This. God, this. I've never understood the argument that says because there are umpty-hundred Linux and BSD distributions it therefore sucks. Since when was choice a bad thing? It's this flexibility - impossible with closed-source software - that has given us cheap and powerful routers, NAS boxes, Smart TVs, Android tablets and smartphones, firewalls, Steam Machines - hell, Apple's OS X and Sony's PS4 both run a modified BSD, so it even allows companies a shortcut to creating commercialised platforms of their own.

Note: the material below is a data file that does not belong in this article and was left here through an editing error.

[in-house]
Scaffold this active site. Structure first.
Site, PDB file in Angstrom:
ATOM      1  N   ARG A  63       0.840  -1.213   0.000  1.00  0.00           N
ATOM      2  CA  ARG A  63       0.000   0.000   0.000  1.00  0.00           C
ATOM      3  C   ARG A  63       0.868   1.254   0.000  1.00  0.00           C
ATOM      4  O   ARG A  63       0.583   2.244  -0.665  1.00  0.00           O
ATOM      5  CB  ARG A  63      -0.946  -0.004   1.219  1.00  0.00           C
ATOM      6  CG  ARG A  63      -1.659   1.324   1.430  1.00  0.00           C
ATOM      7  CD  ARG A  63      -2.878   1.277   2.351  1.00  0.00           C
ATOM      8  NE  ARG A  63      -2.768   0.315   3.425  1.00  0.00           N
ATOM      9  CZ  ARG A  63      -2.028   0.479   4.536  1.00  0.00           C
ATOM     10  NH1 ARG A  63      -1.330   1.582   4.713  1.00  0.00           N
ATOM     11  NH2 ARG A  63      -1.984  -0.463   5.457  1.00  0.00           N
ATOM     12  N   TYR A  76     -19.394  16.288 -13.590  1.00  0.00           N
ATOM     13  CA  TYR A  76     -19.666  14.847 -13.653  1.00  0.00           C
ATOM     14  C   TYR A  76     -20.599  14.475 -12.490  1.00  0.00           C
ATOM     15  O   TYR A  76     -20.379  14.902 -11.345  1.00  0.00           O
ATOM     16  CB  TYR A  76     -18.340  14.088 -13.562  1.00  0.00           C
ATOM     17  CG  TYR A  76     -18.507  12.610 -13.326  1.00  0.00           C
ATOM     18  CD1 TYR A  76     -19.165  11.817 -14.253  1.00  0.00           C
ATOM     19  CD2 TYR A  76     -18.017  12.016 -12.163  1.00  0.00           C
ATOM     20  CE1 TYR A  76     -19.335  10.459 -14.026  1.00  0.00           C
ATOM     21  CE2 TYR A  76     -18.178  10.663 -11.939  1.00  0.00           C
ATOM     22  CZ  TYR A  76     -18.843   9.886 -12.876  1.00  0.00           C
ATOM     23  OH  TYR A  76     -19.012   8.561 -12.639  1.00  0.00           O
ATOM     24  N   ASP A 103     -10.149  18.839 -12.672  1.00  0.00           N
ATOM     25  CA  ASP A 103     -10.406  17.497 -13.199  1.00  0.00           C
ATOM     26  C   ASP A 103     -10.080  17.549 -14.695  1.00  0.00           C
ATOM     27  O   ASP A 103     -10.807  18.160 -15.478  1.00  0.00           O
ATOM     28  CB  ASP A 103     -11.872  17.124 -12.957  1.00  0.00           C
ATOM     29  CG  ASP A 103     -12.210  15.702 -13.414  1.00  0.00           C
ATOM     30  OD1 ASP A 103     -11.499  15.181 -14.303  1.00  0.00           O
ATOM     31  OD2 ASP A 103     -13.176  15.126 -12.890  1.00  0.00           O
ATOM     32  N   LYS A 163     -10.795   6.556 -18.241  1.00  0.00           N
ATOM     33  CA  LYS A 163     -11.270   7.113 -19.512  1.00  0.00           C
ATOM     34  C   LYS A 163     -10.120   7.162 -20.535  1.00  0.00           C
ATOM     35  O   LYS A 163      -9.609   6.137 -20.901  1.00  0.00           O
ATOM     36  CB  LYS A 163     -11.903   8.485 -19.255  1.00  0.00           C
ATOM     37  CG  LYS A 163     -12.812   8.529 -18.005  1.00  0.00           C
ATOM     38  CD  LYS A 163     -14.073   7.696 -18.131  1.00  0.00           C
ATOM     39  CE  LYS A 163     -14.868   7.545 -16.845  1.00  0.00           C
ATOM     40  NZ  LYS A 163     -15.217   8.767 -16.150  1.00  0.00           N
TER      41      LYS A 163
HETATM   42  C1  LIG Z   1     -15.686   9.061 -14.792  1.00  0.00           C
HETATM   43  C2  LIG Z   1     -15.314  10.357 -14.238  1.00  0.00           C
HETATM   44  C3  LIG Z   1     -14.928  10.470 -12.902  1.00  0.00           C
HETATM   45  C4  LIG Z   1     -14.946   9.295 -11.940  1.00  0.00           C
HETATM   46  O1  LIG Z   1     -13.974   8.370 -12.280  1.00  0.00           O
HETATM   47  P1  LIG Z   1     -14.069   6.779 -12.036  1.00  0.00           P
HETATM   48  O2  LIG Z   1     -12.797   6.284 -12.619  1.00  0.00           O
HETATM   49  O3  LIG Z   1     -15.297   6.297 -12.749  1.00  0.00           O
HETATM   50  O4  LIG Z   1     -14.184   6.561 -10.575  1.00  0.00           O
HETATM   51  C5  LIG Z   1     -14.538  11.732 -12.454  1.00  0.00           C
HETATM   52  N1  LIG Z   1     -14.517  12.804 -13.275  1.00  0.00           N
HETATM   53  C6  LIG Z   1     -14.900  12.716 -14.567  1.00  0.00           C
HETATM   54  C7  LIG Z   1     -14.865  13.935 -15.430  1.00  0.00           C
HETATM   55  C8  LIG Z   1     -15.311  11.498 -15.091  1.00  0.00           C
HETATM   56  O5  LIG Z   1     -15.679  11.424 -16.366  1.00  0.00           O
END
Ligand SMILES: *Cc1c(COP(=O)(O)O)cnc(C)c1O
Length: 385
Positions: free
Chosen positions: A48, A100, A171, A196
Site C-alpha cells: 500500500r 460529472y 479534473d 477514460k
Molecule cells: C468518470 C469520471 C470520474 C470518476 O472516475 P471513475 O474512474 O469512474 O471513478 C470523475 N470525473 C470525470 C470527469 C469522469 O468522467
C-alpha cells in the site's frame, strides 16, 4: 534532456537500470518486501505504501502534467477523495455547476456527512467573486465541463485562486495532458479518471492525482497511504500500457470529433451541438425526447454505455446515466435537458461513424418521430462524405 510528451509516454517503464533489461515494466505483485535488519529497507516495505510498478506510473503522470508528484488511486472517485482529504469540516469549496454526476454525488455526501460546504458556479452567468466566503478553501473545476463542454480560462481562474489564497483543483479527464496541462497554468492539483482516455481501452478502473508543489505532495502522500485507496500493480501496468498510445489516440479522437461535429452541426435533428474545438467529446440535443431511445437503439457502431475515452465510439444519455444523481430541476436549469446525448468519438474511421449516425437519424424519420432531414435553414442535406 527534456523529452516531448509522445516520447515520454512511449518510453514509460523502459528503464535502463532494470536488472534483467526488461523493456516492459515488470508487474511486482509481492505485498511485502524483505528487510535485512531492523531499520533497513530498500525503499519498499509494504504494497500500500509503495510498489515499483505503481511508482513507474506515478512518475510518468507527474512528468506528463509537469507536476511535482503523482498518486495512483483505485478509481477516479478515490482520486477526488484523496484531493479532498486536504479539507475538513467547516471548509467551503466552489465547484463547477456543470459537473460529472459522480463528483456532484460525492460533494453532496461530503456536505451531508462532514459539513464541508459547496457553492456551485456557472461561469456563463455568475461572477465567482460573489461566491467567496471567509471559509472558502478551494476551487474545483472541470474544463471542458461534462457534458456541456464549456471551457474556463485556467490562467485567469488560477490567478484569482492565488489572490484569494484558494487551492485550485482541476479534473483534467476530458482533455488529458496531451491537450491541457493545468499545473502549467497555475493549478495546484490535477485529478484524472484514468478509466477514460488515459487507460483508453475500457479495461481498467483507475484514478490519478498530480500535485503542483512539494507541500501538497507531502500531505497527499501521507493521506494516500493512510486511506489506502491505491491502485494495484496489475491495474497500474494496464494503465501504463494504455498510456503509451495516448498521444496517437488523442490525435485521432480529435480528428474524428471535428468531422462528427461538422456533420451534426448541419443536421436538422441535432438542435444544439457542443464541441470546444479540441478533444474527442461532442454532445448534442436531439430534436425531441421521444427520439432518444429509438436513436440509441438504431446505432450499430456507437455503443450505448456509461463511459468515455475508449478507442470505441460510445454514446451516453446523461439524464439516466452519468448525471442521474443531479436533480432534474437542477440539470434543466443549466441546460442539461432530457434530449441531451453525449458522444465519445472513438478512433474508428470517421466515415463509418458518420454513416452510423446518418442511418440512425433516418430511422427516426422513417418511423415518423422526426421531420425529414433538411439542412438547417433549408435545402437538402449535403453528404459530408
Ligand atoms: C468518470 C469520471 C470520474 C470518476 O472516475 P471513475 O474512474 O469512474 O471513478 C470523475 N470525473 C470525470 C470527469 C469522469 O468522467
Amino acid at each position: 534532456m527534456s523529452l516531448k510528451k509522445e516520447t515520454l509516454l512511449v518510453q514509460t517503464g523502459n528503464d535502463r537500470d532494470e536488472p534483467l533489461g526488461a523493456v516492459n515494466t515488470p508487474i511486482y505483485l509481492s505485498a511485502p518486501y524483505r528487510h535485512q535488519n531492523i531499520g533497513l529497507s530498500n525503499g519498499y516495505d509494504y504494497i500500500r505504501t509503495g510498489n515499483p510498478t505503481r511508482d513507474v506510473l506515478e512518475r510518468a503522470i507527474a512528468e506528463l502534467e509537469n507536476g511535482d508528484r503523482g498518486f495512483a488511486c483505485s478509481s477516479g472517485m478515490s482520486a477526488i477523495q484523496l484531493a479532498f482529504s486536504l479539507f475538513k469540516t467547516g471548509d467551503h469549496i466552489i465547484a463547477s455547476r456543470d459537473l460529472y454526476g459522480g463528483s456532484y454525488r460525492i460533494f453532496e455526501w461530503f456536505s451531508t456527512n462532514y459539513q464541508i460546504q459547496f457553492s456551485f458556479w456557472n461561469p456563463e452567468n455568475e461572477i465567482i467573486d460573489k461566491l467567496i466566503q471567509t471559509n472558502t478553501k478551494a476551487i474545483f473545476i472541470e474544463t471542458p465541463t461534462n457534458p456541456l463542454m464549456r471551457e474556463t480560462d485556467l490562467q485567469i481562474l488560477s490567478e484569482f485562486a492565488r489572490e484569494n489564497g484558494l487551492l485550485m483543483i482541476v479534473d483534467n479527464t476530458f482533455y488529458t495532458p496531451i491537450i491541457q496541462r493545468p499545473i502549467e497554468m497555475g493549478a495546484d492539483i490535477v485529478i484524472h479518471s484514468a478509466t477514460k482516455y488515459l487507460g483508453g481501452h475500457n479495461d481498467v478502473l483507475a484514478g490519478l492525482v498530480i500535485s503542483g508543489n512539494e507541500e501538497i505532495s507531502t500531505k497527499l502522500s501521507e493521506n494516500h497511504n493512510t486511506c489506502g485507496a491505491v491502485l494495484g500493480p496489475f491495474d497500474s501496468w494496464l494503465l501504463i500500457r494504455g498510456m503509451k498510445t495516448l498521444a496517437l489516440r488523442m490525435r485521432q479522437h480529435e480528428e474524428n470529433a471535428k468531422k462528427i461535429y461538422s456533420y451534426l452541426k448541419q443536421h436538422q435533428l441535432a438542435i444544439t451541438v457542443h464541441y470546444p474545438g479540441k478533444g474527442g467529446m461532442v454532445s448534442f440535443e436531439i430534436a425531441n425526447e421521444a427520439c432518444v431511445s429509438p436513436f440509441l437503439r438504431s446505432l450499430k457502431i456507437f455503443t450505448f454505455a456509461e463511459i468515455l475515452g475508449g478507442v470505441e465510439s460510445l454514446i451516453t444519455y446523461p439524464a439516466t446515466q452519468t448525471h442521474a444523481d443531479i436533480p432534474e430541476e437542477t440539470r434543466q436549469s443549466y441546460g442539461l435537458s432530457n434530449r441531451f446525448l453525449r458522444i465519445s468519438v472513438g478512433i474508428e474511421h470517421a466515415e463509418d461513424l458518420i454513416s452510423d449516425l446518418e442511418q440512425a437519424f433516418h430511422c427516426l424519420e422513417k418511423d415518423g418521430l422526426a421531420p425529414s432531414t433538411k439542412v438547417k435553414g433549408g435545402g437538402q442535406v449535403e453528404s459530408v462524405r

Here's the thing: the world of open source is, when things are going right, a meritocracy. The cream rises to the top. Ubuntu isn't perfect, but it's stable, well-supported and covers 99% of a user's needs - that's why it's the most popular distribution around. For those who don't like Unity, or who don't like Canonical for that matter, there's Linux Mint. For the speed-freaks there's Gentoo. Don't like having your hand held, and think you should have to work for your operating system? Arch. Bosh. Got an old 386 that you need to repurpose, god help you? Puppy Linux. Try sticking a still-supported copy of Windows on that, see how far you get. Need to run a lightweight OS on embedded hardware? Plenty of options there. Running a server farm? The chances that you're not running Linux, BSD or a similar POSIX-alike are slim indeed. Want a GUI that looks like Windows or OS X, is designed for ultra-fast performance on low-power hardware, is completely customisable, is designed for touch, is designed for the legally blind, is designed with the most whiz-bang special effects imaginable? Yeah, you're covered there, too.